The process of “unwinding” the lockdown imposed to contain COVID-19 has already begun, and most sectors of the economy will be open by May 3, Principal Economic Adviser Sanjeev Sanyal told members of the PHD Chamber of Commerce and Industry via a video-conference call.
“Well before the rest of the world is out and about, the Indian economy will be open,” he said. International passenger travel, however, would be locked down for a long time. “I think it will be months, not weeks, as much of the world remains unsafe,” he said.
With regard to an economic stimulus, Mr. Sanyal exhorted industry leaders to view the process as “a marathon, not a sprint.” He warned that the economic downturn was expected to last a long time. “Not weeks, but possibly years, and certainly months,” he said. So the government also expected to dole out support in incremental doses, rather than spend all its resources in one go.
Mr. Sanyal acknowledged that many other countries announced huge stimulus packages, running into trillions of dollars, even before announcing shutdown measures to prevent the spread of the infection. However, most of these countries “wasted” their money on a “big bang” and felt the Indian approach of first announcing the lockdown, and then taking “calibrated” measures to protect and revive the economy was more effective in the long run.
“International investors are impressed by what we are trying to do…We should not at all be apologetic about this approach,” he said.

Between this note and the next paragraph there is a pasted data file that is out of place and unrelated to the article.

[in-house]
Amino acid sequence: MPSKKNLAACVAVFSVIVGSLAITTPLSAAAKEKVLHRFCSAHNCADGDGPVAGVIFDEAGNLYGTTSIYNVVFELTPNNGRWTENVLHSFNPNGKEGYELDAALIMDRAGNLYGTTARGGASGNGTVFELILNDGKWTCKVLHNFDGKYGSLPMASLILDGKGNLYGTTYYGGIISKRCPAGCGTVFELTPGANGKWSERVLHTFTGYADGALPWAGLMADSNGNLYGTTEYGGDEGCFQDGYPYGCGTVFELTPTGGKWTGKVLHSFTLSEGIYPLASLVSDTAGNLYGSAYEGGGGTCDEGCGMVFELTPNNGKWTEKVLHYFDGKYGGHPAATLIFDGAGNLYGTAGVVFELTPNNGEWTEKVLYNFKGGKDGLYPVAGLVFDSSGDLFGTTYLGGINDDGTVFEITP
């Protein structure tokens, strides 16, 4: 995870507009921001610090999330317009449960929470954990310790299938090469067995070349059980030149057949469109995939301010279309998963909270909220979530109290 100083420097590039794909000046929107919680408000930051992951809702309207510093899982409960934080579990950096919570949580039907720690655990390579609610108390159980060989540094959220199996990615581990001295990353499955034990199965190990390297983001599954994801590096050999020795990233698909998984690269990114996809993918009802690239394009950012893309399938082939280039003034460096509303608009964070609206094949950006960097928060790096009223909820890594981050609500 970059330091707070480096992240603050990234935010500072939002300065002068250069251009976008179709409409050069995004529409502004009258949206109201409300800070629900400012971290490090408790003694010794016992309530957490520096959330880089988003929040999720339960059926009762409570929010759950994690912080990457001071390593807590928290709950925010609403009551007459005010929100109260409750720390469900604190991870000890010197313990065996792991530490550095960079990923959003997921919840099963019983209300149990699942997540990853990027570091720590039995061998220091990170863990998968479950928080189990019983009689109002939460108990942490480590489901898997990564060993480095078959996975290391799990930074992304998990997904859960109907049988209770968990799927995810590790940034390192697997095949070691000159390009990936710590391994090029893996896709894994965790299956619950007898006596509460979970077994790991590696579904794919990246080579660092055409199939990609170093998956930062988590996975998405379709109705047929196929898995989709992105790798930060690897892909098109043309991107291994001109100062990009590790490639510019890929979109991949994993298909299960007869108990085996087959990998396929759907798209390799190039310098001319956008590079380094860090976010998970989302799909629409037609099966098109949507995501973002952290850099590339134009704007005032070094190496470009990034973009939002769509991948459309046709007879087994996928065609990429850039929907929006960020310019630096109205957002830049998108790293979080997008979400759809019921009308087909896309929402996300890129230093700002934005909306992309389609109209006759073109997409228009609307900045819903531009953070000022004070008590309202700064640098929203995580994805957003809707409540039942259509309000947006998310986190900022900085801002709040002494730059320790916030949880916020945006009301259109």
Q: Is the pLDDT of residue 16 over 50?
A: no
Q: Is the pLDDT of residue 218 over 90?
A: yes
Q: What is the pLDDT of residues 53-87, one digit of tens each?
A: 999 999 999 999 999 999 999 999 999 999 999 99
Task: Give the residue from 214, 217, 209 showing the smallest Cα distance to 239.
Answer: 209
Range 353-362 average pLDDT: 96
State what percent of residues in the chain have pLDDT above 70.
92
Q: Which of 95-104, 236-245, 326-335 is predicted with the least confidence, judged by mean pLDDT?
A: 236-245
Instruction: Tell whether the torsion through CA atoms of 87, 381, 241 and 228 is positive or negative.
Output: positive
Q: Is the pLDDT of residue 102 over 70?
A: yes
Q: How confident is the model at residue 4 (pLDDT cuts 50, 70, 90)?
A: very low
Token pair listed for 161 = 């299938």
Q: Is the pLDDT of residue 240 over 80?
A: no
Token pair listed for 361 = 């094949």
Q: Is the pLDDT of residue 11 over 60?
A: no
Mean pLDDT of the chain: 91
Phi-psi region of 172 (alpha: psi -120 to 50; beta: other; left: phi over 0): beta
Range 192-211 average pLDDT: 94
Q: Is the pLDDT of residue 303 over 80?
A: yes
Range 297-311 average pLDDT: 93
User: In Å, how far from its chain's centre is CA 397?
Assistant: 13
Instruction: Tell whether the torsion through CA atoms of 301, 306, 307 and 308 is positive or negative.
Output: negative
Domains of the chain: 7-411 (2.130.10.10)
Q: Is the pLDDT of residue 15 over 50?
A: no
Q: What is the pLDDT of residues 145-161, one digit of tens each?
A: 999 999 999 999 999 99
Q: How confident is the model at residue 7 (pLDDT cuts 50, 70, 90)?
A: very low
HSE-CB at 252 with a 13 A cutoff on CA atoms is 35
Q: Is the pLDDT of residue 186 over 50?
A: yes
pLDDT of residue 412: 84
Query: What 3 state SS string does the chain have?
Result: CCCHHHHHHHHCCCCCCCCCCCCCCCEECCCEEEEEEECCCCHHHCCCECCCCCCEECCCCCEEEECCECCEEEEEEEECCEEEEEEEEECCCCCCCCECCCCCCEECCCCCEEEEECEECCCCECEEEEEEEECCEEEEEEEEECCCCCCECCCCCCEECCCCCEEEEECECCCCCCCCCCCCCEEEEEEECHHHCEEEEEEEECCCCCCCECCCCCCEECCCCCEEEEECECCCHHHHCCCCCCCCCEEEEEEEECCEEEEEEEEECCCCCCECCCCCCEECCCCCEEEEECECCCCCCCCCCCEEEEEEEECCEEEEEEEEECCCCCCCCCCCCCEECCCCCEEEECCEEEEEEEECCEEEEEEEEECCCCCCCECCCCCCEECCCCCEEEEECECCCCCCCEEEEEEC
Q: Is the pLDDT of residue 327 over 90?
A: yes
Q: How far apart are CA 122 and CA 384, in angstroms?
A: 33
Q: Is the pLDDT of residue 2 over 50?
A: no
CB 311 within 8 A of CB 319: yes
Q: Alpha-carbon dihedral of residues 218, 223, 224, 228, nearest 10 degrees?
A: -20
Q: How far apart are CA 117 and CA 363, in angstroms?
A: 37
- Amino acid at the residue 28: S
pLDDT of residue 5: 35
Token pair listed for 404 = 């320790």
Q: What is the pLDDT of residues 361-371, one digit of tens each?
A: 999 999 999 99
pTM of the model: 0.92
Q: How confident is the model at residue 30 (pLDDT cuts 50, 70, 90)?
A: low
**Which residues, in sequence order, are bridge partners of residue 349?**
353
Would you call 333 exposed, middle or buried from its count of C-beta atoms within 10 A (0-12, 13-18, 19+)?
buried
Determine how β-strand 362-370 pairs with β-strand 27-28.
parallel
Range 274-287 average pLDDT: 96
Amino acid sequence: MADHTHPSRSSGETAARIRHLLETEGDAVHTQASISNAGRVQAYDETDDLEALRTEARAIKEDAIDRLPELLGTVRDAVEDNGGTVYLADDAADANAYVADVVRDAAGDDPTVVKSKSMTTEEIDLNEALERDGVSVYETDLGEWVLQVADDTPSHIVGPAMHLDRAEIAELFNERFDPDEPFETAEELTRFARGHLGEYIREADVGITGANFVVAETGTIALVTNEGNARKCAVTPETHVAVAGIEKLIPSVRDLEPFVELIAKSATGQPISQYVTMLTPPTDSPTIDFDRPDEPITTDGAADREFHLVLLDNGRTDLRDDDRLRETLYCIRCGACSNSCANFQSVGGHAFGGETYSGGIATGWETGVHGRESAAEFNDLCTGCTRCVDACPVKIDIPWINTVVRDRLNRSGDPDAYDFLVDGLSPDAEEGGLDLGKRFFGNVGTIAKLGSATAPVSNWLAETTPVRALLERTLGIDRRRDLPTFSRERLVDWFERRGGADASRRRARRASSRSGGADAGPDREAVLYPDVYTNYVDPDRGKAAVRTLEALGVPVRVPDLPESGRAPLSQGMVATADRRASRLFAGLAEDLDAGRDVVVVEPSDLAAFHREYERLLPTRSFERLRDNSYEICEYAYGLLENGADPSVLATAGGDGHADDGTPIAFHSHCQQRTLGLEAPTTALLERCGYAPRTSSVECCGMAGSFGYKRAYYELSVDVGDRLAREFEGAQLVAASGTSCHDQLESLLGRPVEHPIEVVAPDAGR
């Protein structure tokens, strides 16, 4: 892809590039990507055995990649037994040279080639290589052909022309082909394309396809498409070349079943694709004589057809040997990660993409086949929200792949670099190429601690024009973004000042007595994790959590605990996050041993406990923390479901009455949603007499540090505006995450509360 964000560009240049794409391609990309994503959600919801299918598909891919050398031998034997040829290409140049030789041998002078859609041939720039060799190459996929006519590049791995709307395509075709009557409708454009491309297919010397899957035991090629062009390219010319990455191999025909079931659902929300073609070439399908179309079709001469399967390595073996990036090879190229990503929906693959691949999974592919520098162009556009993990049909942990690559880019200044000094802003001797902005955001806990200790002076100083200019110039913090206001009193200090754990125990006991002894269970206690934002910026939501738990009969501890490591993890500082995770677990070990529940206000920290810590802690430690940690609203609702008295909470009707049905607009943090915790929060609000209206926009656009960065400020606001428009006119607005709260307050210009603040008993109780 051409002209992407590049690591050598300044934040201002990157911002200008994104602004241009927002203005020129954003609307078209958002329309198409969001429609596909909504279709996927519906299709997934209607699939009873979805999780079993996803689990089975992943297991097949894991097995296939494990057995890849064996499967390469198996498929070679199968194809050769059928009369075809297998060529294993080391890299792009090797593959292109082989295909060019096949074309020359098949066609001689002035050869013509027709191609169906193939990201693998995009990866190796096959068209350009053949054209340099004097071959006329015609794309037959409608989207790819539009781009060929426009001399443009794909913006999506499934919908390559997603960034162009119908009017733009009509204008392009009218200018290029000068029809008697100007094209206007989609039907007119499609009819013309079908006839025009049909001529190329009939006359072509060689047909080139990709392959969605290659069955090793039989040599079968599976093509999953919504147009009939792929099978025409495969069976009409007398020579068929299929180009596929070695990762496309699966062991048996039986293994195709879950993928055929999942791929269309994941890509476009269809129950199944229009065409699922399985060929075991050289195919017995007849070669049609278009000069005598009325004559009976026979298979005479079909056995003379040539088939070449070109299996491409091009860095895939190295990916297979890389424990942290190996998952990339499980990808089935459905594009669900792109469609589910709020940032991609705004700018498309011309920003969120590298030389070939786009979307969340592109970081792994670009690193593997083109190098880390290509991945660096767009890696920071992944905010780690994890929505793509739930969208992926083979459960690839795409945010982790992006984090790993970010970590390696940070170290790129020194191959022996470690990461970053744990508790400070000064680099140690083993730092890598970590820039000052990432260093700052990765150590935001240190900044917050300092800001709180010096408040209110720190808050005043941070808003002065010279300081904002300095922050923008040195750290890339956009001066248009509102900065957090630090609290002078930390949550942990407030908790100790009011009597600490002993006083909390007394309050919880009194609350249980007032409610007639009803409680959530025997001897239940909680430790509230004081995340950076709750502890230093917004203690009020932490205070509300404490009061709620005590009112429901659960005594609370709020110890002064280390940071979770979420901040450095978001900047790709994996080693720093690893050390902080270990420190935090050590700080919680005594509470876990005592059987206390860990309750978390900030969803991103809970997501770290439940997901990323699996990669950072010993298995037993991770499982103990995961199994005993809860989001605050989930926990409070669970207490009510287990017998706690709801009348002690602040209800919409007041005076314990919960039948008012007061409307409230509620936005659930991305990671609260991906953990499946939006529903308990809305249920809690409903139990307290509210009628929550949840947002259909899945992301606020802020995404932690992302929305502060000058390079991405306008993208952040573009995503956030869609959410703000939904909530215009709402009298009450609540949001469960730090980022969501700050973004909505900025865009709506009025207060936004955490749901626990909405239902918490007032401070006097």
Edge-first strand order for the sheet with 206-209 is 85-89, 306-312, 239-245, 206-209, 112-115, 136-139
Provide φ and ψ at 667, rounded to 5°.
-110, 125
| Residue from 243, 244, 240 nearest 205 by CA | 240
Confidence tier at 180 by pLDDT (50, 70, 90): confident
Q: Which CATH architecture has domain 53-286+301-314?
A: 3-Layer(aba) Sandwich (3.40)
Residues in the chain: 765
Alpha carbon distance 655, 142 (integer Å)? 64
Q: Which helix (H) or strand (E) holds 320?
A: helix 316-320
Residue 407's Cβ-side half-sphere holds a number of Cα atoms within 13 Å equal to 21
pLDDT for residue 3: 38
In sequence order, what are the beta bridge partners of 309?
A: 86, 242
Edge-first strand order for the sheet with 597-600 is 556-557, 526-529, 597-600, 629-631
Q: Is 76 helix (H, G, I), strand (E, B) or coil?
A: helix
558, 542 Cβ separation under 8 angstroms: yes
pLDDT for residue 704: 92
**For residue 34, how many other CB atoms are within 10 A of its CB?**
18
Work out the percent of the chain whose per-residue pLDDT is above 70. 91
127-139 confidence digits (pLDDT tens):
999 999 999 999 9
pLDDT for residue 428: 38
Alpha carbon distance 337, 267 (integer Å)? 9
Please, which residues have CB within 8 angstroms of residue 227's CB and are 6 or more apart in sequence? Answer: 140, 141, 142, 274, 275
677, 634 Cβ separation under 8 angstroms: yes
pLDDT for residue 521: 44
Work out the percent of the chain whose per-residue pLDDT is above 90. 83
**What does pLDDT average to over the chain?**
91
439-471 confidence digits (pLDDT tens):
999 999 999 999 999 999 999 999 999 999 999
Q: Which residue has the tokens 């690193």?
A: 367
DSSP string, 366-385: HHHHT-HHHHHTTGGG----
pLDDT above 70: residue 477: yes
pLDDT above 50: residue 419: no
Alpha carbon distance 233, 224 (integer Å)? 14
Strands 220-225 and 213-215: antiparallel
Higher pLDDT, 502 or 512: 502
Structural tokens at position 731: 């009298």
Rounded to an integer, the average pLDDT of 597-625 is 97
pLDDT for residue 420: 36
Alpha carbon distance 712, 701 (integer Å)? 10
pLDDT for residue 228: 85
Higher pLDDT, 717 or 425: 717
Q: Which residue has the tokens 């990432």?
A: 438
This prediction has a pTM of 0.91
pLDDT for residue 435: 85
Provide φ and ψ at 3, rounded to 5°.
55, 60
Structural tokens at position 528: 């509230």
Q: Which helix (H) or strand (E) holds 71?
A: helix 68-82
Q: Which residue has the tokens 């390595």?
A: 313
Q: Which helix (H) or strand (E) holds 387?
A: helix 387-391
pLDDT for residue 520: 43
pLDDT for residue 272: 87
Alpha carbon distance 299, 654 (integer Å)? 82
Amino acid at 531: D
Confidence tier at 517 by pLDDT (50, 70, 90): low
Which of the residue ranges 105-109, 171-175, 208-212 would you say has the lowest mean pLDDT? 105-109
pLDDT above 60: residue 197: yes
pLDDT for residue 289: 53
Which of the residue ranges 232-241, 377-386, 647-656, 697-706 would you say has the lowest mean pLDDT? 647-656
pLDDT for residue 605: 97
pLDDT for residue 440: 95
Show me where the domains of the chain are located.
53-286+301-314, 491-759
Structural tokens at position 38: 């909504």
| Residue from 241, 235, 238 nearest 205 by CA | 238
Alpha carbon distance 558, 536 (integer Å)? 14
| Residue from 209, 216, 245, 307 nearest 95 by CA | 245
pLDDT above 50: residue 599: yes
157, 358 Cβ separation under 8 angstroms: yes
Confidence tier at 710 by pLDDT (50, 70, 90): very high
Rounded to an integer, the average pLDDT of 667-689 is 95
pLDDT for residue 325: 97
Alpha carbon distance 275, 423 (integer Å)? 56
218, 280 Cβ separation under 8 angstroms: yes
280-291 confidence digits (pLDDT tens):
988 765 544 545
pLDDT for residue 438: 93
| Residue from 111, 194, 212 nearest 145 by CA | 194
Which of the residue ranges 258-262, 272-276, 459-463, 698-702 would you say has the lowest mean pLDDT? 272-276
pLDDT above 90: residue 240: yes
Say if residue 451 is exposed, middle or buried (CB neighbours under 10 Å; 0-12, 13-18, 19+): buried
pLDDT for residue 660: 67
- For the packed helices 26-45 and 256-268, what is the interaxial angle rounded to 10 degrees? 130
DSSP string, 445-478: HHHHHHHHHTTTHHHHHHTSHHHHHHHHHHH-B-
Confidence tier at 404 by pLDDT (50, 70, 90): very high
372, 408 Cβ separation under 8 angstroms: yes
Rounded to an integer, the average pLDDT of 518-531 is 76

The steps announced by the Finance Ministry and the Reserve Bank of India so far were only meant to “cushion the blow” so that the economy stays alive to the other side of the lockdown, so that limited resources could be saved for the rebuilding phase. “Our first few efforts are to make sure you have enough working capital to keep yourself alive through this shock,” said Mr. Sanyal. A larger package was in the works and would be announced “sooner rather than later.”
“Of course, we are not going to solve poverty by giving ₹500… But we are just cushioning the hit, so that everyone has some money and some food,” he said, responding to widespread criticism that the Centre’s initial ₹1.7 lakh crore welfare package was insufficient to deal with large-scale distress.
The Principal Economic Advisor also said India would use the opportunity to implement “large scale reforms” in the economy. “We must remember that the world on the other side of this crisis will be very different,” he said. Geopolitical realities, supply chain structures and the use of technology would all have changed.
“This is not the end of the world… India should see it as an opportunity not just to rebuild ourselves, but also participate in the rebuilding of this new world,” he said.